The Black Tent (1956) and Bengazi (1955): The Image of Arabs in Two post-Empire Journeys into the Deserts of Libya




Film, Post-Empire, Arabs, Libya


These two little known films are both part of the cycle of post-imperial films dealing with the decline of the British Empire. They are perhaps the only films set in or near the historical period of the British Military Administration of Libya after 1945.  The Black Tent frequently gets lumped in with the genre of World War II British war films.  Bengazi marks the cinematic journey of the actor Victor McLaglen from The Lost Patrol (1934) to Bengazi (1955), his career encapsulating the beginning and end of the Hollywood British Empire film genre. Both films contain redemptive dramatic journeys into the deserts of Libya involving the loss of British imperial male power.  The case studies of The Black Tent and Bengazi show the beginnings of new post-empire film genres and new mentalities toward the Arab “Other” that partially promotes a decolonization of western cinema.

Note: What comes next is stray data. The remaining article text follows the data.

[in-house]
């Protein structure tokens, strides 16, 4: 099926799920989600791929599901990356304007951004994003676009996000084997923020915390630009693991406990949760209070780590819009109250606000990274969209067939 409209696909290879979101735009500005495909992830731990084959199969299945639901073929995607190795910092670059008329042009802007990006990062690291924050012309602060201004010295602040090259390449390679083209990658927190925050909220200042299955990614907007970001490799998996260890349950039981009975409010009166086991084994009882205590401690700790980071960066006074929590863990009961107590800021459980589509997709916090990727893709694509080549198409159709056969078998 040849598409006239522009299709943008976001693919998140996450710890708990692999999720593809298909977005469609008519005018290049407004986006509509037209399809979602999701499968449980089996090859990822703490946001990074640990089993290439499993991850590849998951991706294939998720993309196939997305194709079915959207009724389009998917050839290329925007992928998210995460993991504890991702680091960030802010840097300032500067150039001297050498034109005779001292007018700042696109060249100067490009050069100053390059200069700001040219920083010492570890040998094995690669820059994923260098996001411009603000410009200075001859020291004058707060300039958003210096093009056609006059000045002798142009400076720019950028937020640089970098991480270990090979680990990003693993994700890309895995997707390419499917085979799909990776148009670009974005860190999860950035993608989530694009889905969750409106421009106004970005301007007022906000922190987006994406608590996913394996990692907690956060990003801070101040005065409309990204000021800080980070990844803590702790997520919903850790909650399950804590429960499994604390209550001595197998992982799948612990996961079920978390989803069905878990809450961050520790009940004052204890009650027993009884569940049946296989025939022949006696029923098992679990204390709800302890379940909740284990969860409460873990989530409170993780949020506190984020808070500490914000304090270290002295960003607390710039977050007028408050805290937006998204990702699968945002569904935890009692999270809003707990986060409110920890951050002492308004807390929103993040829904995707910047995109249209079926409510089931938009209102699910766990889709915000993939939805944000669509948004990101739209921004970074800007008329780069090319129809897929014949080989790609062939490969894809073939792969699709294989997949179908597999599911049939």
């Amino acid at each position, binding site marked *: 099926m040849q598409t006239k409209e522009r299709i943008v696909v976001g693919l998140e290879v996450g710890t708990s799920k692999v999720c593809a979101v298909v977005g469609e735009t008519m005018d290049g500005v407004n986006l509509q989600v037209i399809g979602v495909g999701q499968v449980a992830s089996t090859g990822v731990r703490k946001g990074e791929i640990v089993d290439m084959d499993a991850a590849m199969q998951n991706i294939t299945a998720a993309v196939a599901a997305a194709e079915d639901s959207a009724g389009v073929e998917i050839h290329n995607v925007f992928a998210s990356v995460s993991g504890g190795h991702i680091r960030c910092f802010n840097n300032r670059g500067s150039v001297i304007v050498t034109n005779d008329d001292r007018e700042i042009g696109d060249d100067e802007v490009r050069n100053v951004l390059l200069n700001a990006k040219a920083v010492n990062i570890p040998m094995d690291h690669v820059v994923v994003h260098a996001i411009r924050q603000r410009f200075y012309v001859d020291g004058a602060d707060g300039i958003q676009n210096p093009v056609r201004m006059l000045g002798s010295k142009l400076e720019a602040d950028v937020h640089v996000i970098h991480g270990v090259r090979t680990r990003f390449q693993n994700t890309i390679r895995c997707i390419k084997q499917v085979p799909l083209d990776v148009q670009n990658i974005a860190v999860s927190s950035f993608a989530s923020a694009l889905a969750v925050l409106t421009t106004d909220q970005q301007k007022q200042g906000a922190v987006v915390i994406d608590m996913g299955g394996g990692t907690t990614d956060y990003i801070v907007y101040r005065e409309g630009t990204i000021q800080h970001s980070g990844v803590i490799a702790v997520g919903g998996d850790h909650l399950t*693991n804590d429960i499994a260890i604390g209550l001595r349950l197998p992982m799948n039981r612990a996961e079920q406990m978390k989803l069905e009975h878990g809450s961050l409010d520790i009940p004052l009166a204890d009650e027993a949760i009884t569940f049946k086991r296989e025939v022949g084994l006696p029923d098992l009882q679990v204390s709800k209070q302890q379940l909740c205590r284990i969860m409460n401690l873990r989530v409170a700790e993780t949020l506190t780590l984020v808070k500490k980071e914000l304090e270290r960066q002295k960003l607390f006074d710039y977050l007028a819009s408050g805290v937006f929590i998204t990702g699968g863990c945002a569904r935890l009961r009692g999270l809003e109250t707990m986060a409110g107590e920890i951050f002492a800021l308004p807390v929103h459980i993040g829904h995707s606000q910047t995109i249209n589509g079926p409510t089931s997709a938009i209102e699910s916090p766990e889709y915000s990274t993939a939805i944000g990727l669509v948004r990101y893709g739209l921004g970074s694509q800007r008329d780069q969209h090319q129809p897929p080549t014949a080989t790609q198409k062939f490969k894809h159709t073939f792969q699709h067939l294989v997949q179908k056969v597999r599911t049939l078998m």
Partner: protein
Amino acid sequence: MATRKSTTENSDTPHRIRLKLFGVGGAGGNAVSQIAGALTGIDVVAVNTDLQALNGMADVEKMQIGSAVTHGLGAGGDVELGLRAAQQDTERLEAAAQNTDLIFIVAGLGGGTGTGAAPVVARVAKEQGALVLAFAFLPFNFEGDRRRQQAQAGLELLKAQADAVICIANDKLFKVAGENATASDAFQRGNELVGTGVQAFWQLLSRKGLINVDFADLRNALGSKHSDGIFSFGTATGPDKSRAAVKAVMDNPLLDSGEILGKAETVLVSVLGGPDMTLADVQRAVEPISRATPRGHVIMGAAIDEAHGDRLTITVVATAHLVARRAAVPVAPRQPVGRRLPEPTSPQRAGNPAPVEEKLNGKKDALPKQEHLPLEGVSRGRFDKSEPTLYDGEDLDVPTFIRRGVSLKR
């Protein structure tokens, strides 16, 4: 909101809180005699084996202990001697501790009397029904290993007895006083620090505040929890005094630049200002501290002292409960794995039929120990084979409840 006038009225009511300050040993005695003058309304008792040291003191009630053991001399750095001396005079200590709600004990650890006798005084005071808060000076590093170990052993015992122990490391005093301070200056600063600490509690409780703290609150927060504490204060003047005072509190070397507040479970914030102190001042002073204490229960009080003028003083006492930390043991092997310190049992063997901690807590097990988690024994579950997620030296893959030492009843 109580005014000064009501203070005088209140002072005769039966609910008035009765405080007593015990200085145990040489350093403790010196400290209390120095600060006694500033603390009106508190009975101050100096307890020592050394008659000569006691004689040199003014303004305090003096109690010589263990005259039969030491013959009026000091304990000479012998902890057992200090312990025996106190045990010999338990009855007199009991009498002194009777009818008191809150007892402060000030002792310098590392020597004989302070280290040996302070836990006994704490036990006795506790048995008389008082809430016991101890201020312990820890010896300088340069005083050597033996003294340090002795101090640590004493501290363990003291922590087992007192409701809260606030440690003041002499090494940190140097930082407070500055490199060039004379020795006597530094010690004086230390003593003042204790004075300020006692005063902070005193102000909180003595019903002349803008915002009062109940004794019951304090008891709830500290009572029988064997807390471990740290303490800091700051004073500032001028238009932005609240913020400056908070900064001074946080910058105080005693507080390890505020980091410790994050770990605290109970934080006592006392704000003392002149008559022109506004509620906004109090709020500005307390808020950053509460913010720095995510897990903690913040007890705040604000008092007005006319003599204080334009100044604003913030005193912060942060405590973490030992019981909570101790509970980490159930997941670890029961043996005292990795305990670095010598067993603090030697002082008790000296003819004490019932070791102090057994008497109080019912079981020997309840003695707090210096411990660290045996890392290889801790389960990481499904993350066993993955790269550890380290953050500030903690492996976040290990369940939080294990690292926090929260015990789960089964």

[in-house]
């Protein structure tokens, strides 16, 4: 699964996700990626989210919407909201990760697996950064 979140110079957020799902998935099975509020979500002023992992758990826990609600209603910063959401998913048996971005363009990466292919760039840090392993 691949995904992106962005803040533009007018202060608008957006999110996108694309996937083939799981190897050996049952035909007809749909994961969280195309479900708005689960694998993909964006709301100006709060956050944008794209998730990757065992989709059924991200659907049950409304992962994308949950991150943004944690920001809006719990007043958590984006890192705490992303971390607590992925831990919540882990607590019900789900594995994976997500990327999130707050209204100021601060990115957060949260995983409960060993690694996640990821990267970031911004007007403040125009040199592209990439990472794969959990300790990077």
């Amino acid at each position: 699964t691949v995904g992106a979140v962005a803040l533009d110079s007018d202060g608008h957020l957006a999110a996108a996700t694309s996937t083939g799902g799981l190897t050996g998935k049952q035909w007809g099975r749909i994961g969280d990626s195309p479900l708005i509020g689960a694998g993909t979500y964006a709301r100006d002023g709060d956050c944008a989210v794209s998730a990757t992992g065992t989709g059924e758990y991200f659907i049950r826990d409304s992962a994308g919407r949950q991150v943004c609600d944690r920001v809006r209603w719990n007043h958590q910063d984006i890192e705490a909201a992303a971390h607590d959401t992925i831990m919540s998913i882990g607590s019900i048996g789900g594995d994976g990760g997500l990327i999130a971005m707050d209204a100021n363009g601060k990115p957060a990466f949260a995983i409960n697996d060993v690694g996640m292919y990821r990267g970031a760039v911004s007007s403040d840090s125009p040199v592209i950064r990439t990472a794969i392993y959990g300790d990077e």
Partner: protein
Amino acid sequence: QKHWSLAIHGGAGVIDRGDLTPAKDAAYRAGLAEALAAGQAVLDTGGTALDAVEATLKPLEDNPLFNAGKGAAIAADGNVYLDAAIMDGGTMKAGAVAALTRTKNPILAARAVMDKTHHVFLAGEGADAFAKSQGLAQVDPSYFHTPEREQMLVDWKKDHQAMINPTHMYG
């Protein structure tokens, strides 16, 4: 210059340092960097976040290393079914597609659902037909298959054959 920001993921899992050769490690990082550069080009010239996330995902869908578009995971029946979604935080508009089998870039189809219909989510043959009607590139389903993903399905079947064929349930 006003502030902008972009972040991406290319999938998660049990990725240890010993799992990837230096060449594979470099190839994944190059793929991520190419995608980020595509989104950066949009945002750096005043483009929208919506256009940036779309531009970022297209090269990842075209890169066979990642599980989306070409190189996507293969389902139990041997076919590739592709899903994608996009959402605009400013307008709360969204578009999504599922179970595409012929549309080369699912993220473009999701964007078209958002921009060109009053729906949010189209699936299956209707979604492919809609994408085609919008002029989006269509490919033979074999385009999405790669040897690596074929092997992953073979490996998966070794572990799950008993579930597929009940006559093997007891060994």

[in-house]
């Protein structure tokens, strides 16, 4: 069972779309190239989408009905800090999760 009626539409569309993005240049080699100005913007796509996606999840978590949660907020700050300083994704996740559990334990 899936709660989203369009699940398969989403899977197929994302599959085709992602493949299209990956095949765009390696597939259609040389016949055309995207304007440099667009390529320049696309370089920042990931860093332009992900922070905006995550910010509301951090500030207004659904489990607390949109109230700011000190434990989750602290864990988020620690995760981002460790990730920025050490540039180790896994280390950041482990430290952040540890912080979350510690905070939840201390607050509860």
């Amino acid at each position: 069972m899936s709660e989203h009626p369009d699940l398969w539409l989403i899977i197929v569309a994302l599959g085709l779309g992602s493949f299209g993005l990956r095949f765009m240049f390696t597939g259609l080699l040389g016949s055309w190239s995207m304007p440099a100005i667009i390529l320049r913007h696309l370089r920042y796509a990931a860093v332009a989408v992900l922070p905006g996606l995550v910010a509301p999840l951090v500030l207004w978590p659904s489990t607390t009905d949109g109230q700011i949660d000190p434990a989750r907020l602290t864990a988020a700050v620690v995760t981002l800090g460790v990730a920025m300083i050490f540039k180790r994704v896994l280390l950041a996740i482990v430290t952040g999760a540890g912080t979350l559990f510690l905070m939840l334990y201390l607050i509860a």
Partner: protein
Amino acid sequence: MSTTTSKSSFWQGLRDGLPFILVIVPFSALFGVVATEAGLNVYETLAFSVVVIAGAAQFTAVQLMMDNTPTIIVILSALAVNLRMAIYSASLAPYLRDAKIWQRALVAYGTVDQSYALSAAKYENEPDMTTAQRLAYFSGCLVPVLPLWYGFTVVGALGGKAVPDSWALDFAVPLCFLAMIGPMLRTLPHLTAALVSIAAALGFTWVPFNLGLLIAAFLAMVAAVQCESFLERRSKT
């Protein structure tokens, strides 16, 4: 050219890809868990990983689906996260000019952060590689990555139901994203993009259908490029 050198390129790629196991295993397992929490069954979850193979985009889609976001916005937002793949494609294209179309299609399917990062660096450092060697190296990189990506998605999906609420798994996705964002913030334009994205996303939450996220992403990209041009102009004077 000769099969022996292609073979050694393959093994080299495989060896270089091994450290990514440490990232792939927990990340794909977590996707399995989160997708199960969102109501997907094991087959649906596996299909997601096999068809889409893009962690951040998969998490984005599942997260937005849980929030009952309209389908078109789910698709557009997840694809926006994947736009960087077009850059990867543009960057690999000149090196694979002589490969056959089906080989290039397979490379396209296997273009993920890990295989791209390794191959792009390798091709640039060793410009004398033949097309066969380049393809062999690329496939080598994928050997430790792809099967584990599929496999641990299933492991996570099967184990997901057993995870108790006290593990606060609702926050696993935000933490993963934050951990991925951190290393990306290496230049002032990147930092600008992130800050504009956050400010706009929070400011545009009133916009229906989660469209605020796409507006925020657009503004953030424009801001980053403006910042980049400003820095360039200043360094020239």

Author Biography

Richard Andrew Voeltz, Cameron University Emeritus

Professor Emeritus of History, Cameron University, Lawton, Oklahoma


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How to Cite

Voeltz, R. A. (2018). The Black Tent (1956) and Bengazi (1955): The Image of Arabs in Two post-Empire Journeys into the Deserts of Libya. CINEJ Cinema Journal, 7(1), 169–188.